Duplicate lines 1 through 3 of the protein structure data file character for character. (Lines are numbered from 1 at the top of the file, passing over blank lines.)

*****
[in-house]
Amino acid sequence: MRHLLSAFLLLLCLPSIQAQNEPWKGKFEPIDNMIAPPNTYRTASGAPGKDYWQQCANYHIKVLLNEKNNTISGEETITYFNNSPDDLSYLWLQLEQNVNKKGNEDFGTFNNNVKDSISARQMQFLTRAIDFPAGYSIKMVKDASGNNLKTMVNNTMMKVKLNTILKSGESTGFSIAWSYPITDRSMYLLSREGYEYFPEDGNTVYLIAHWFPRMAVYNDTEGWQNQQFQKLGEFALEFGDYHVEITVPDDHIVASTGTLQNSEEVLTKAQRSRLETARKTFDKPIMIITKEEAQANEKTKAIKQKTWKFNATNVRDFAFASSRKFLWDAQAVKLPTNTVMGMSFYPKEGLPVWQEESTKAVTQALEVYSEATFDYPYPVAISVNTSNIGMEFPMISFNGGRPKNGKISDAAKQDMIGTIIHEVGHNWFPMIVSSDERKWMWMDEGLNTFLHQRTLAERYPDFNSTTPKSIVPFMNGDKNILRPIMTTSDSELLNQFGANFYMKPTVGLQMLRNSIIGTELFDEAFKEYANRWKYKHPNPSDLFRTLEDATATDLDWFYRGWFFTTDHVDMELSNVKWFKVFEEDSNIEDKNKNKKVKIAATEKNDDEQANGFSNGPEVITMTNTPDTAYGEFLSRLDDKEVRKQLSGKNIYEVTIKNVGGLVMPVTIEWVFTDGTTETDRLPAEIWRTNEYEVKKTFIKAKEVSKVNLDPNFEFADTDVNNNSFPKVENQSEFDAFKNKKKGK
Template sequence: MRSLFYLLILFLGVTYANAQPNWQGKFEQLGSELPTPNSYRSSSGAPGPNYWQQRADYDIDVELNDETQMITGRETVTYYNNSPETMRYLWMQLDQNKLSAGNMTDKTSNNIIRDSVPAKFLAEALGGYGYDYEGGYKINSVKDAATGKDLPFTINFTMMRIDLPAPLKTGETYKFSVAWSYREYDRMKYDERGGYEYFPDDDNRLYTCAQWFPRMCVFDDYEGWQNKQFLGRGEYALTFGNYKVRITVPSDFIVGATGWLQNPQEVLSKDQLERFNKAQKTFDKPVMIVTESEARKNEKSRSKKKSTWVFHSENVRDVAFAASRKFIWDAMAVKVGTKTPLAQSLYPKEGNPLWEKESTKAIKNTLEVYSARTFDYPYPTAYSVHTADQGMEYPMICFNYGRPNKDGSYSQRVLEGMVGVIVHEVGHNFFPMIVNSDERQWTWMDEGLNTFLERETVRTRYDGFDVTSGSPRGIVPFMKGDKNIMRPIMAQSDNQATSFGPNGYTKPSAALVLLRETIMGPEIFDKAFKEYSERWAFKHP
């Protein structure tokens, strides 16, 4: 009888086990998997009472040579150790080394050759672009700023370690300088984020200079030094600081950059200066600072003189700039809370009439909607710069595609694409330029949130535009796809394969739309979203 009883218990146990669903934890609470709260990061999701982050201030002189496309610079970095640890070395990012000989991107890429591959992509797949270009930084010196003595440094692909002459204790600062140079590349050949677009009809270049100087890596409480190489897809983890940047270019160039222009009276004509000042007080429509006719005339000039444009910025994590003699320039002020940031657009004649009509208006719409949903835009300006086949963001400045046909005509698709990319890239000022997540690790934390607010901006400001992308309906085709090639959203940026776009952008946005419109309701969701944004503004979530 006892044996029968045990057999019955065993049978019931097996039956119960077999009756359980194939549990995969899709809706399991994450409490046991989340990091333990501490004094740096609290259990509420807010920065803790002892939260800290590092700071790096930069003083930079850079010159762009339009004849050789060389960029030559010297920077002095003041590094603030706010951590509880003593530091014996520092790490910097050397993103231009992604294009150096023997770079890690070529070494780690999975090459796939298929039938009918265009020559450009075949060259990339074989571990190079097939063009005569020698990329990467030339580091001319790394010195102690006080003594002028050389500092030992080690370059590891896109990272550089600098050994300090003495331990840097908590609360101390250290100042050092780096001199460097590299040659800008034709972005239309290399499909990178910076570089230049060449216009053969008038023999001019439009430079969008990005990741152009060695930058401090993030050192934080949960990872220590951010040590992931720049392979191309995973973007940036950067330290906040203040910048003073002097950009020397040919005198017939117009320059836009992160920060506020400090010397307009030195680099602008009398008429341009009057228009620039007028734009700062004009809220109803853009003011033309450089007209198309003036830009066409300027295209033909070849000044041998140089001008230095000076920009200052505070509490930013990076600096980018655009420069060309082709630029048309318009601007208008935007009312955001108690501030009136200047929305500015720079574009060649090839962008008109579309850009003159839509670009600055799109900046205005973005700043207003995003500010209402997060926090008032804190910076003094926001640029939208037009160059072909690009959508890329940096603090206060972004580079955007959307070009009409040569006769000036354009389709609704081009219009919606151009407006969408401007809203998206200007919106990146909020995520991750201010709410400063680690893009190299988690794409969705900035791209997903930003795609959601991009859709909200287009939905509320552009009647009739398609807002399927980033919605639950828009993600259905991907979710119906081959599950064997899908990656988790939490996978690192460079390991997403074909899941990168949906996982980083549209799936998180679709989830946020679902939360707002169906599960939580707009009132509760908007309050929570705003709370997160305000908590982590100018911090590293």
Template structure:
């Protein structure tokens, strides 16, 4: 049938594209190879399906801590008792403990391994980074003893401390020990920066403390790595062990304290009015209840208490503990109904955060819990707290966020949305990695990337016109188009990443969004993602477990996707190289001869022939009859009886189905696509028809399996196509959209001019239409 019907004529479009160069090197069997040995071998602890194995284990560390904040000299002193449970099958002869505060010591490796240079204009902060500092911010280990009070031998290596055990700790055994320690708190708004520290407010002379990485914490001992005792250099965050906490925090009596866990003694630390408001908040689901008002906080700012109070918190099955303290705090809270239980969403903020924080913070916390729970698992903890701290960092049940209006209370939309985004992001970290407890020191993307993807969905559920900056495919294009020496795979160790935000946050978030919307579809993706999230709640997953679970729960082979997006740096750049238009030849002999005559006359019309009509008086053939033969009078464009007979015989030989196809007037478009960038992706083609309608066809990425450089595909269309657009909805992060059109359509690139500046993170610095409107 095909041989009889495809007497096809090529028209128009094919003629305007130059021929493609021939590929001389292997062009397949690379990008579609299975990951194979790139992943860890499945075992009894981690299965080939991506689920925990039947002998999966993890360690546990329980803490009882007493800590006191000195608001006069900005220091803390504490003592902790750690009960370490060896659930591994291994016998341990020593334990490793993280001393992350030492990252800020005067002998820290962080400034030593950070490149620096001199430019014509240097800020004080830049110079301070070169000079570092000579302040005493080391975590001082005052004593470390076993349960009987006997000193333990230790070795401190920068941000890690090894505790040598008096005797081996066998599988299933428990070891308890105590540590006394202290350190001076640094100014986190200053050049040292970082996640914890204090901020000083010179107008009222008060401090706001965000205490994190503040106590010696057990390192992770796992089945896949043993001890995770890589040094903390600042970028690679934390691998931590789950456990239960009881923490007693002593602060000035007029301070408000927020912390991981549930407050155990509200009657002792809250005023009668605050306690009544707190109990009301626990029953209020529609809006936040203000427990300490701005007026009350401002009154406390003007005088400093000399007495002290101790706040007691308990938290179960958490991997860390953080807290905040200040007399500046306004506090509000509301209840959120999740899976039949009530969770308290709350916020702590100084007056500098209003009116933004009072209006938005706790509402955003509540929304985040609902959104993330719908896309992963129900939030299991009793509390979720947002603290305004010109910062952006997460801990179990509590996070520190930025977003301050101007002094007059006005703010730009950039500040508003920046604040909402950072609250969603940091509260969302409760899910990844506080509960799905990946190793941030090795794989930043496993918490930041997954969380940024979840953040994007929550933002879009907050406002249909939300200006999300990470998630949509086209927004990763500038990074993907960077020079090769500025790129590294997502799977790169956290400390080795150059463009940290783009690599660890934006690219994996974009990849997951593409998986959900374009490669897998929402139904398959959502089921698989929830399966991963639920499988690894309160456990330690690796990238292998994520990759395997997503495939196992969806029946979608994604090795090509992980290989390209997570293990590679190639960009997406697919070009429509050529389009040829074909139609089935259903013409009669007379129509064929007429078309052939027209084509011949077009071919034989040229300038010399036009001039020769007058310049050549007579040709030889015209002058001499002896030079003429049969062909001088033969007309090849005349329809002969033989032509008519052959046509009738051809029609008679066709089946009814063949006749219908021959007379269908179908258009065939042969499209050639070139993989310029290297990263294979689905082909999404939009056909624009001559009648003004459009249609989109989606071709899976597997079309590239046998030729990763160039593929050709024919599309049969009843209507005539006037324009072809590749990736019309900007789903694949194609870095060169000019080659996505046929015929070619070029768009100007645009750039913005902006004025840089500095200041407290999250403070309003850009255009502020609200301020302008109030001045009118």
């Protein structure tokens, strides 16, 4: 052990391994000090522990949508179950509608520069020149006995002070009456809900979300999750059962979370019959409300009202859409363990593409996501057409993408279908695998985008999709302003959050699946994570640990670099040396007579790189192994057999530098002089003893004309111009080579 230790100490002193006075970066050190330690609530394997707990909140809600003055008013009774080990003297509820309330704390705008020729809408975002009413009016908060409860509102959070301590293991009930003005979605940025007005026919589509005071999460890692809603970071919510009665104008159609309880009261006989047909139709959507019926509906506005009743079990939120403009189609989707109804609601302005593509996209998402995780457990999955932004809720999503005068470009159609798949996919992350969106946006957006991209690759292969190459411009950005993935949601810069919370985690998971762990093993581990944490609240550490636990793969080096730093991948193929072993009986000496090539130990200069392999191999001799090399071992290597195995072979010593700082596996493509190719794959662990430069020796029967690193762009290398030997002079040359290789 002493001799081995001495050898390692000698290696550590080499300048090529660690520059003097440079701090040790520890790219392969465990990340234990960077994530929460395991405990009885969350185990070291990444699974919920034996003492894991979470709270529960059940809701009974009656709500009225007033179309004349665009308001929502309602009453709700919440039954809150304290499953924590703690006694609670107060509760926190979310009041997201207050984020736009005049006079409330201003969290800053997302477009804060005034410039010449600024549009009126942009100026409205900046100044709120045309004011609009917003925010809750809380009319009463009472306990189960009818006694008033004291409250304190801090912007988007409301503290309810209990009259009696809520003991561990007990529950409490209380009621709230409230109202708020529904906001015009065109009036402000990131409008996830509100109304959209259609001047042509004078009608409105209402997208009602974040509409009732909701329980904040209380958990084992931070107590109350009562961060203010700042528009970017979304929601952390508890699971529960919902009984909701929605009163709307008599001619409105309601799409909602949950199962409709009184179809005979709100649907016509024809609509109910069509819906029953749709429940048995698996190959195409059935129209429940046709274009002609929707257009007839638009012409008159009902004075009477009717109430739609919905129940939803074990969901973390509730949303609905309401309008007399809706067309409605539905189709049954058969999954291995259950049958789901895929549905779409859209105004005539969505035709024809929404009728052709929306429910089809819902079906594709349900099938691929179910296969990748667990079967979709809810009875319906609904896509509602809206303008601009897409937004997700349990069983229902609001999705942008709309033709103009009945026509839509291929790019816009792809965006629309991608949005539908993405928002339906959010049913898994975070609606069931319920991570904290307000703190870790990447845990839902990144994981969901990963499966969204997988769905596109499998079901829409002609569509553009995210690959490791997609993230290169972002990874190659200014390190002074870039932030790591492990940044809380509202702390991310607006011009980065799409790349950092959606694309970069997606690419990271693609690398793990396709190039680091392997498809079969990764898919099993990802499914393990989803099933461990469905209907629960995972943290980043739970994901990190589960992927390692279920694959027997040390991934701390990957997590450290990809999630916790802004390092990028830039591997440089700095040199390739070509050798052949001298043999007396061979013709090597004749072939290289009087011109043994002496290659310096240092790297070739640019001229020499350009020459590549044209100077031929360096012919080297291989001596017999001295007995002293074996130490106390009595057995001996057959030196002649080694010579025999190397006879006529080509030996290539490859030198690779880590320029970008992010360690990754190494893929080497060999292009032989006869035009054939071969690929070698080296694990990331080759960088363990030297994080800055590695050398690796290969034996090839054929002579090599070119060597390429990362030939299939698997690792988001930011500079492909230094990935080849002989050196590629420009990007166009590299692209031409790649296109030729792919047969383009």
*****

[in-house]
Amino acid sequence: MRHLLSAFLLLLCLPSIQAQNEPWKGKFEPIDNMIAPPNTYRTASGAPGKDYWQQCANYHIKVLLNEKNNTISGEETITYFNNSPDDLSYLWLQLEQNVNKKGNEDFGTFNNNVKDSISARQMQFLTRAIDFPAGYSIKMVKDASGNNLKTMVNNTMMKVKLNTILKSGESTGFSIAWSYPITDRSMYLLSREGYEYFPEDGNTVYLIAHWFPRMAVYNDTEGWQNQQFQKLGEFALEFGDYHVEITVPDDHIVASTGTLQNSEEVLTKAQRSRLETARKTFDKPIMIITKEEAQANEKTKAIKQKTWKFNATNVRDFAFASSRKFLWDAQAVKLPTNTVMGMSFYPKEGLPVWQEESTKAVTQALEVYSEATFDYPYPVAISVNTSNIGMEFPMISFNGGRPKNGKISDAAKQDMIGTIIHEVGHNWFPMIVSSDERKWMWMDEGLNTFLHQRTLAERYPDFNSTTPKSIVPFMNGDKNILRPIMTTSDSELLNQFGANFYMKPTVGLQMLRNSIIGTELFDEAFKEYANRWKYKHPNPSDLFRTLEDATATDLDWFYRGWFFTTDHVDMELSNVKWFKVFEEDSNIEDKNKNKKVKIAATEKNDDEQANGFSNGPEVITMTNTPDTAYGEFLSRLDDKEVRKQLSGKNIYEVTIKNVGGLVMPVTIEWVFTDGTTETDRLPAEIWRTNEYEVKKTFIKAKEVSKVNLDPNFEFADTDVNNNSFPKVENQSEFDAFKNKKKGK
Template sequence: MRSLFYLLILFLGVTYANAQPNWQGKFEQLGSELPTPNSYRSSSGAPGPNYWQQRADYDIDVELNDETQMITGRETVTYYNNSPETMRYLWMQLDQNKLSAGNMTDKTSNNIIRDSVPAKFLAEALGGYGYDYEGGYKINSVKDAATGKDLPFTINFTMMRIDLPAPLKTGETYKFSVAWSYREYDRMKYDERGGYEYFPDDDNRLYTCAQWFPRMCVFDDYEGWQNKQFLGRGEYALTFGNYKVRITVPSDFIVGATGWLQNPQEVLSKDQLERFNKAQKTFDKPVMIVTESEARKNEKSRSKKKSTWVFHSENVRDVAFAASRKFIWDAMAVKVGTKTPLAQSLYPKEGNPLWEKESTKAIKNTLEVYSARTFDYPYPTAYSVHTADQGMEYPMICFNYGRPNKDGSYSQRVLEGMVGVIVHEVGHNFFPMIVNSDERQWTWMDEGLNTFLERETVRTRYDGFDVTSGSPRGIVPFMKGDKNIMRPIMAQSDNQATSFGPNGYTKPSAALVLLRETIMGPEIFDKAFKEYSERWAFKHP